Remembering when to better recall what

UNCG Author/Contributor (non-UNCG co-authors, if there are any, appear on document)
Russell Lane Adams (Creator)
The University of North Carolina at Greensboro (UNCG )
Web Site:
Peter Delaney

Abstract: The possible role that temporal context plays in recall has been a recurring theme within the spacing literature. This study aims to determine whether remembering an item’s temporal context makes that item more likely to be recalled. Participants were shown lists of spaced and singleton words. The measure of temporal context knowledge was a test on memory-for-when: that is, indicating the serial position of any previous repetition of each word on the list. An accurate guess (plus or minus two positions) was assumed to indicate probable temporal context knowledge. In Experiment 1, a free recall test was used in order to test the effects of knowing temporal context on recall. To examine the impact of having an accurate memory-for-when (MFW), the probability of recall on the final test was assessed as a function of location recall accuracy during the study phase. While items with access to temporal context via MFW were recalled more often than items without MFW, the effect seemed to be primarily driven by the primacy region. Experiment 2 added an incidental learning task to remove this possible confound. The benefits of having MFW persisted in Experiment 2 even without primacy. Together, these findings implicate a role for having access to an item’s temporal context in memory where items with strong connection to temporal context are more likely to be later recalled. Keywords: reminding, spacing effect, spacing, temporal context, free recall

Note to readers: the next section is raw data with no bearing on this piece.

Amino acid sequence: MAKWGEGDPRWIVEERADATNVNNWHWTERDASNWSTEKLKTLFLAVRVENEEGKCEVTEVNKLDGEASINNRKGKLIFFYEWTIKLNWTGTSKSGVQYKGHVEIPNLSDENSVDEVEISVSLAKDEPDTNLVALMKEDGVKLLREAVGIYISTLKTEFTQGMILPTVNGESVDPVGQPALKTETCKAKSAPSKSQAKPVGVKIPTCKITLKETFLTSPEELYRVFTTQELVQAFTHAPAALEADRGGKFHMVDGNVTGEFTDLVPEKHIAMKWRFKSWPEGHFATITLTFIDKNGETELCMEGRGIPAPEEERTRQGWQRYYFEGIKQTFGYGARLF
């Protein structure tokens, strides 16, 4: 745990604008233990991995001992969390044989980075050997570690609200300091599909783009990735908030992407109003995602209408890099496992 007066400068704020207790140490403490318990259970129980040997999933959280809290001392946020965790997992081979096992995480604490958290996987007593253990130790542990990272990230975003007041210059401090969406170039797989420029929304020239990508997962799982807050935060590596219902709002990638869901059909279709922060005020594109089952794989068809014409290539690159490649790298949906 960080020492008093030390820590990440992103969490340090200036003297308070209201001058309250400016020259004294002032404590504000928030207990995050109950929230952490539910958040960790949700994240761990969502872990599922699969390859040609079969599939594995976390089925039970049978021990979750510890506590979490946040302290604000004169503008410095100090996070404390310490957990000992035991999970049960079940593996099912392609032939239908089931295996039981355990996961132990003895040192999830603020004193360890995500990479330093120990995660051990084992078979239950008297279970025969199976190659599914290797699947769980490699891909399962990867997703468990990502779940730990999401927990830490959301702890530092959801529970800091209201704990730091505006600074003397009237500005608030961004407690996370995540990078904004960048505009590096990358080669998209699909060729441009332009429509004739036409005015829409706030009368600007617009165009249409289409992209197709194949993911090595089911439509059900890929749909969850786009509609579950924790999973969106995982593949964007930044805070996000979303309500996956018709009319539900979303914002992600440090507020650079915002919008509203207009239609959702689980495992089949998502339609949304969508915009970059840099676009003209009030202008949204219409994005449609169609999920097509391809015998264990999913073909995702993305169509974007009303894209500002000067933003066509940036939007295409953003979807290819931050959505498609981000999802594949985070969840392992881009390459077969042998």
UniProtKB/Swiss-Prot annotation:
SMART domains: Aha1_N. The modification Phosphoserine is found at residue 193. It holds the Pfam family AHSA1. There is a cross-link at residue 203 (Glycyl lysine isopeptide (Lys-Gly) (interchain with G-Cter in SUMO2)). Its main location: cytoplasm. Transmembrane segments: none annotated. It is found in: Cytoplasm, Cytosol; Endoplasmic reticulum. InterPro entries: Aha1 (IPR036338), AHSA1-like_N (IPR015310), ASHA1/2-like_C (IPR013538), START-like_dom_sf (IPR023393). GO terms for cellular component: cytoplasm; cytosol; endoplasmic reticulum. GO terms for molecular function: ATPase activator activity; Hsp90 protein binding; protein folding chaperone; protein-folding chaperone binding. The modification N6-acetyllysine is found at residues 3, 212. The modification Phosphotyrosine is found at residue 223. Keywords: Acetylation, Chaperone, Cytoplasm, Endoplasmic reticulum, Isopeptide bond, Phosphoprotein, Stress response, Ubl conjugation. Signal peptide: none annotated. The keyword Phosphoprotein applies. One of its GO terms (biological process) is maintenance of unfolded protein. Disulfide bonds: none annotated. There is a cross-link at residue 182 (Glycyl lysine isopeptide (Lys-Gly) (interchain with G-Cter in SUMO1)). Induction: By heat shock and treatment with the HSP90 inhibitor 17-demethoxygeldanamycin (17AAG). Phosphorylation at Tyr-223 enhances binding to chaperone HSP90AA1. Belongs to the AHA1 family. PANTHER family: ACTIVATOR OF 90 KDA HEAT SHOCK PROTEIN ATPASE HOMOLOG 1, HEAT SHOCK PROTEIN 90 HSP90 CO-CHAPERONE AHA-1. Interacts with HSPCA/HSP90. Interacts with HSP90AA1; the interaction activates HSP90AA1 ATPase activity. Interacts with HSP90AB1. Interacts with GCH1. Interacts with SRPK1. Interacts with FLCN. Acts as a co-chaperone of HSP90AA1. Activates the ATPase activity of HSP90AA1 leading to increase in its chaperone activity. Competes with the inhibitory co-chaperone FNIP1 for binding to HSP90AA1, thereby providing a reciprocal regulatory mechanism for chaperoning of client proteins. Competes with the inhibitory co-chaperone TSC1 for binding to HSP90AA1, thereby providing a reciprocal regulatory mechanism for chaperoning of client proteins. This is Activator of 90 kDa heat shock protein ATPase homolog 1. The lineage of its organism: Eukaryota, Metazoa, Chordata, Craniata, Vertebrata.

Additional Information

Language: English
Date: 2021
Reminding, Spacing effect, Spacing, Temporal context, Free recall
Recollection (Psychology)
Time $x Psychological aspects

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